This Thursday (2/24), UNC professor Karla Slocum (anthropology & Afro-American studies) will present a lecture on her ongoing research with residents of black towns in Oklahoma as part of the Spring 2011 Colloquium Series sponsored by the Department of African & Afro-American Studies, UNC-Chapel Hill.
“Race and Place Identities among Oklahoma’s ‘All Black Towns’ in the 21st Century”, a lecture by Karla Slocum
Thursday, February 24
Global Education Center (GEC) Room 4003
If you’re interested in more events like these, stay tuned! The colloqium series continues in March with a lecture by Kenneth Janken, professor of Afro-American Studies at UNC-CH. entitled “The Several Faces of Black Power in Eastern North Carolina: The Case of the Wilmington Ten.” Professor Janken’s research focuses on 20th century African American history and he is currently working on a research project on the Wilmington Ten. This talk will take place on Thursday, March 17 from 4-5pm in the Global Education Center (room TBA).
Hope to see you there!
On Wednesday, we posted an upcoming event commemorating the Wilmington Ten. But just who were the Wilmington Ten?
On February 6, 1971 racial tensions in downtown Wilmington, NC came to a head when several local businesses were set on fire. Firemen responding to the call then came under attack, as shots were fired from the roof of the Gregory Congregational Church, which housed several students and protesters. There were two deaths and several injuries over the next couple of days. Based on evidence that was later called to question in court, ten individuals were convicted and sentenced: Benjamin Chavis, Connie Tindall, Marvin “Chili” Patrick, Wayne Moore, Reginald Epps, Jerry Jacobs, James “Bun” McKoy, Willie Earl Vereen, William “Joe” Wright, Jr, and Ann Shepard.
Coming to be known as the “Wilmington Ten,” their situation garnered international attention when Amnesty International took up their case 1976, believing them to be persecuted for their beliefs rather than proven ties to the events of February 1971. Eventually, the conviction was overturned in 1980 and Benjamin Chavis, who at the time of his arrest was a minister and community organizer, went on to hold various positions of leadership within the African American civil rights community. On Tuesday (6:30pm in the Stone Center Auditorium), Dr. Chavis will offer reflections on the lessons of the Wilmington Ten as part of a commemorative program hosted by UNC’s Institute of African American Research.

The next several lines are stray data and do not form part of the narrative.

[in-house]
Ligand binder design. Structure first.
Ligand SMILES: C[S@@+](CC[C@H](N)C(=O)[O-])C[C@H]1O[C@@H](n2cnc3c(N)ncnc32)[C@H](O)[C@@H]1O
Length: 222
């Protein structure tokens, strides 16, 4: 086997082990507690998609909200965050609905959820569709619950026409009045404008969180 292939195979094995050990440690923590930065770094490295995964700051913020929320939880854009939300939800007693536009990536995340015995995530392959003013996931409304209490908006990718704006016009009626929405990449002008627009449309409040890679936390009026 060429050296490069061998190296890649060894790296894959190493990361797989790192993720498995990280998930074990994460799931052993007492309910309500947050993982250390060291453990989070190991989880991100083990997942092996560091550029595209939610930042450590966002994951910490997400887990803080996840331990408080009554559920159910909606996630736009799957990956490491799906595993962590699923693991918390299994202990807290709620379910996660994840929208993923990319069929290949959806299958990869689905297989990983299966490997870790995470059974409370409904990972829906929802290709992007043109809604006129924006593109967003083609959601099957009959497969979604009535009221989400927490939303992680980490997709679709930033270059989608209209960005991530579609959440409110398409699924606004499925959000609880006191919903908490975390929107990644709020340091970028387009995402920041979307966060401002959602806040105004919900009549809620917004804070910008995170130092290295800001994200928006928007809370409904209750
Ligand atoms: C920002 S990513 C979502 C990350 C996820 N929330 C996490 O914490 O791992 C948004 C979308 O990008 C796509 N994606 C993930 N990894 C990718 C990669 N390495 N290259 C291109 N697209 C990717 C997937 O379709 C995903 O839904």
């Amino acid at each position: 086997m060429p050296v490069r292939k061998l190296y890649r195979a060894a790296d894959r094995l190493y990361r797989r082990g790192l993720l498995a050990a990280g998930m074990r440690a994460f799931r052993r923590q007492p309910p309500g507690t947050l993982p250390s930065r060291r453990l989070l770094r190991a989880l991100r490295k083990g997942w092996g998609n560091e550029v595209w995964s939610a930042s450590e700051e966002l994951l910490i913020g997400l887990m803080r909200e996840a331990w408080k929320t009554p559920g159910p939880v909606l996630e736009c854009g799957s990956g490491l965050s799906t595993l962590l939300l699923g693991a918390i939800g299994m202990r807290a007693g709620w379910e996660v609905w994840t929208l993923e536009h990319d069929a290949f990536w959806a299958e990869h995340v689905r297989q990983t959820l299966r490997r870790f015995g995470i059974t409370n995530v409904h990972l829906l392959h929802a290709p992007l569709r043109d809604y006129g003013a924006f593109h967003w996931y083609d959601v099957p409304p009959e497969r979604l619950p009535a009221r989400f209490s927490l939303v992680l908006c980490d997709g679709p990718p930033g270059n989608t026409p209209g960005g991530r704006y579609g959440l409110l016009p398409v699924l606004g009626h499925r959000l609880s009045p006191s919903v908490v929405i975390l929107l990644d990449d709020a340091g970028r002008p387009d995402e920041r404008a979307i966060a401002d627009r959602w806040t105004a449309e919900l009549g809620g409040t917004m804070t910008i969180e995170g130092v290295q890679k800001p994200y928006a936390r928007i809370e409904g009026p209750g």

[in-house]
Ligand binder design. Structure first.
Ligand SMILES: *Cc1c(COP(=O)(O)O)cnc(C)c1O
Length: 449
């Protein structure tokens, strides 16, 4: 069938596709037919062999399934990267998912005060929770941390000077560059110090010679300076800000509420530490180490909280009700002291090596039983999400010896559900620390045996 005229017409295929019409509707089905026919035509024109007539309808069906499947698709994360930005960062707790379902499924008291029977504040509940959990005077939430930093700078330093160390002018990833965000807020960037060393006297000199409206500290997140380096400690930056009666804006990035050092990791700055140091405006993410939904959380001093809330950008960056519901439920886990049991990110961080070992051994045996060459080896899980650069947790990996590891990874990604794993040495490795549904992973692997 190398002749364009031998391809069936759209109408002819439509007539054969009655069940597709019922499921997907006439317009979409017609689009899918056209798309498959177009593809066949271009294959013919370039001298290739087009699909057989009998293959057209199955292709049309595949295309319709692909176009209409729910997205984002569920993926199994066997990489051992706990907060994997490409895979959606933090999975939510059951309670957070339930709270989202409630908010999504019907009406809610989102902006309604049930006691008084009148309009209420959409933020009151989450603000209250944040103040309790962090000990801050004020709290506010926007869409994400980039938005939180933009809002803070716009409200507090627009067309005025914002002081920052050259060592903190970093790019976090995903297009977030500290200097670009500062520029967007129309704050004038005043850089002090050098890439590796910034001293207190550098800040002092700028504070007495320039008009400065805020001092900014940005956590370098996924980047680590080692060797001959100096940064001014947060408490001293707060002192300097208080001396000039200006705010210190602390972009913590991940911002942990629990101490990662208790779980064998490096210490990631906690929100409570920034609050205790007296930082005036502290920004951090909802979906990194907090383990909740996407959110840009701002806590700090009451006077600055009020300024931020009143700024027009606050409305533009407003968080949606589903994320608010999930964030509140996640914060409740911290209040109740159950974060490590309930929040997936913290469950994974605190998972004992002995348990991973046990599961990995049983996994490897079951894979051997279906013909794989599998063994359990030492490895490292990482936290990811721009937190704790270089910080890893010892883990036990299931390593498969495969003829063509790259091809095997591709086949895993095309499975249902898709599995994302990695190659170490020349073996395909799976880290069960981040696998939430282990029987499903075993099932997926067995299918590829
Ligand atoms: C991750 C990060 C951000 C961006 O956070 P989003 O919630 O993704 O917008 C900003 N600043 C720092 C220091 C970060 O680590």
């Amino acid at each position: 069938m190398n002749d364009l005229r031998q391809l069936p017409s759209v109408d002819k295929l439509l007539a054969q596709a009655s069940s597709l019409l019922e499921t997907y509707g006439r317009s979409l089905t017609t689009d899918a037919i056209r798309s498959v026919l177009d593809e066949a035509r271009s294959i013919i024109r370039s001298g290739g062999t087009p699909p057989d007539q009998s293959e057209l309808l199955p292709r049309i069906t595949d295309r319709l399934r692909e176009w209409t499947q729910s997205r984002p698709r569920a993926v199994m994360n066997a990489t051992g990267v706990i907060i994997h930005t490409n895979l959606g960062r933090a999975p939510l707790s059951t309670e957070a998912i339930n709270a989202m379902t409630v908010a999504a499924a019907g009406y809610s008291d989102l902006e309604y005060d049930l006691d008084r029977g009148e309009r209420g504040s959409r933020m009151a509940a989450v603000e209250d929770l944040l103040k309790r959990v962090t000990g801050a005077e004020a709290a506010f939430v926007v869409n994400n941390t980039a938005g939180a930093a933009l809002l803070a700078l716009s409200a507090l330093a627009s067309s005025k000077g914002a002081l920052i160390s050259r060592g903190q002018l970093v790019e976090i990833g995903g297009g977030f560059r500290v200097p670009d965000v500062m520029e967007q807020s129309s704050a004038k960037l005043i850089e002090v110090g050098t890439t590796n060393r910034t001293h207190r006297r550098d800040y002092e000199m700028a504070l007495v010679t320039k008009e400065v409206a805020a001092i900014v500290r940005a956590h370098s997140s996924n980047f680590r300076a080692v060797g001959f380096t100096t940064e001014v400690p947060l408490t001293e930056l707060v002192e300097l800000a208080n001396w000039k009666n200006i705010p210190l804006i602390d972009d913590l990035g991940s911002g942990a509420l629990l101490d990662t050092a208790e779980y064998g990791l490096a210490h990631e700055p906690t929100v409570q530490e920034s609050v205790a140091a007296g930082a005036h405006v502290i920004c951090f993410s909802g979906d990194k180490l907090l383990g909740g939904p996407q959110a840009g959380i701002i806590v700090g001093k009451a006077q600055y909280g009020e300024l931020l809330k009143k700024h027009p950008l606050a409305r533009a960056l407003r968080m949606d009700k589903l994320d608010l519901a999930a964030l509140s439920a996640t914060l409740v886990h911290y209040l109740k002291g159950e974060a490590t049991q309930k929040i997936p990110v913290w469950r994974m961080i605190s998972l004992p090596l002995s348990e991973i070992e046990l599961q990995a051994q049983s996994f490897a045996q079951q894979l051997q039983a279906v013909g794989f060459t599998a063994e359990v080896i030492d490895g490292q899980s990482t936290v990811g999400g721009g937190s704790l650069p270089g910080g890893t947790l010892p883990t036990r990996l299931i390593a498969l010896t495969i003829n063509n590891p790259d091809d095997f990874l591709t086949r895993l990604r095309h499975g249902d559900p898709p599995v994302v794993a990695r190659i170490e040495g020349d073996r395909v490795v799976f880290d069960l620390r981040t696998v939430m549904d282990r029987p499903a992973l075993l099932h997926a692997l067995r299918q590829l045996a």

For more details on the history of the Wilmington Ten, check out this UNC Libraries blog post. Interested in learning more about keynote speaker Dr. Benjamin Chavis, Jr? Come browse our reference collection! For example, the items below contain biographical sketches of his life and career:
Or if you’re looking for online resources, check out this biography published by The History Makers. In addition, Dr. Chavis maintains a website, where he has posted an autobiography and you can find him on facebook.
February marks the 40th anniversary of the events that led to the case of the Wilmington 10. In commemoration, UNC’s Institute of African American Research is sponsoring a program next week featuring several members of the Wilmington 10, including a keynote address by Dr. Benjamin Chavis, Jr.
Feb 2, 2011
UNC Stone Center Auditorium
Hope to see you there!